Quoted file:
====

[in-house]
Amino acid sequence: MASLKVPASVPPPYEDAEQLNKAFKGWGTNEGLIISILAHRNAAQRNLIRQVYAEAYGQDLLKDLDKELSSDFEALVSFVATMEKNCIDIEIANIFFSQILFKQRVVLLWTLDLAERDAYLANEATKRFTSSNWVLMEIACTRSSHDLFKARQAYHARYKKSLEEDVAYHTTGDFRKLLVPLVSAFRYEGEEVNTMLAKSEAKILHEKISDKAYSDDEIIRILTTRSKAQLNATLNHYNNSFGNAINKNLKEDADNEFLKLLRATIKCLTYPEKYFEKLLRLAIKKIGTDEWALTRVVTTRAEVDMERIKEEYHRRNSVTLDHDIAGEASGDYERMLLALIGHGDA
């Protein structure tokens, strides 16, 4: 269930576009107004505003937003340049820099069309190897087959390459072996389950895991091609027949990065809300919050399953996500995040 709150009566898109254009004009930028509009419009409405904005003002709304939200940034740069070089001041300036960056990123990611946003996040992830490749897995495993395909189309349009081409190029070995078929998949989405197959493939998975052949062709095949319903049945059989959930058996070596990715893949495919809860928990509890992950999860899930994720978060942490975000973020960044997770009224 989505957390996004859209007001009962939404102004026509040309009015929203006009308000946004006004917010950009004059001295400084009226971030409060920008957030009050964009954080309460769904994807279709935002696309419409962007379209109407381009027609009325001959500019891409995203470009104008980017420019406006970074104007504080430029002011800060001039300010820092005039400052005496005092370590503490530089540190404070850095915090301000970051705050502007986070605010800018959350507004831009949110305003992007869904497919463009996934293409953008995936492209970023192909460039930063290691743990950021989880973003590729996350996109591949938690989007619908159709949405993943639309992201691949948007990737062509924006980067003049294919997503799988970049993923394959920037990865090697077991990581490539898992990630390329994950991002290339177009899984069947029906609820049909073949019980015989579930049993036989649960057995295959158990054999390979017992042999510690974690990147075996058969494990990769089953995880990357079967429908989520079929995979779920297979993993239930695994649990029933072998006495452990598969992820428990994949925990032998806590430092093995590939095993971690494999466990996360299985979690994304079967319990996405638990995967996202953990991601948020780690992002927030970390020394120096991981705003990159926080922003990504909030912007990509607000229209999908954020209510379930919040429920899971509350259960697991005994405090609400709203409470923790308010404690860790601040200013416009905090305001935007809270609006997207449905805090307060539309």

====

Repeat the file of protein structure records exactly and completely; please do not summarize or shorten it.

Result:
[in-house]
Amino acid sequence: MASLKVPASVPPPYEDAEQLNKAFKGWGTNEGLIISILAHRNAAQRNLIRQVYAEAYGQDLLKDLDKELSSDFEALVSFVATMEKNCIDIEIANIFFSQILFKQRVVLLWTLDLAERDAYLANEATKRFTSSNWVLMEIACTRSSHDLFKARQAYHARYKKSLEEDVAYHTTGDFRKLLVPLVSAFRYEGEEVNTMLAKSEAKILHEKISDKAYSDDEIIRILTTRSKAQLNATLNHYNNSFGNAINKNLKEDADNEFLKLLRATIKCLTYPEKYFEKLLRLAIKKIGTDEWALTRVVTTRAEVDMERIKEEYHRRNSVTLDHDIAGEASGDYERMLLALIGHGDA
């Protein structure tokens, strides 16, 4: 269930576009107004505003937003340049820099069309190897087959390459072996389950895991091609027949990065809300919050399953996500995040 709150009566898109254009004009930028509009419009409405904005003002709304939200940034740069070089001041300036960056990123990611946003996040992830490749897995495993395909189309349009081409190029070995078929998949989405197959493939998975052949062709095949319903049945059989959930058996070596990715893949495919809860928990509890992950999860899930994720978060942490975000973020960044997770009224 989505957390996004859209007001009962939404102004026509040309009015929203006009308000946004006004917010950009004059001295400084009226971030409060920008957030009050964009954080309460769904994807279709935002696309419409962007379209109407381009027609009325001959500019891409995203470009104008980017420019406006970074104007504080430029002011800060001039300010820092005039400052005496005092370590503490530089540190404070850095915090301000970051705050502007986070605010800018959350507004831009949110305003992007869904497919463009996934293409953008995936492209970023192909460039930063290691743990950021989880973003590729996350996109591949938690989007619908159709949405993943639309992201691949948007990737062509924006980067003049294919997503799988970049993923394959920037990865090697077991990581490539898992990630390329994950991002290339177009899984069947029906609820049909073949019980015989579930049993036989649960057995295959158990054999390979017992042999510690974690990147075996058969494990990769089953995880990357079967429908989520079929995979779920297979993993239930695994649990029933072998006495452990598969992820428990994949925990032998806590430092093995590939095993971690494999466990996360299985979690994304079967319990996405638990995967996202953990991601948020780690992002927030970390020394120096991981705003990159926080922003990504909030912007990509607000229209999908954020209510379930919040429920899971509350259960697991005994405090609400709203409470923790308010404690860790601040200013416009905090305001935007809270609006997207449905805090307060539309």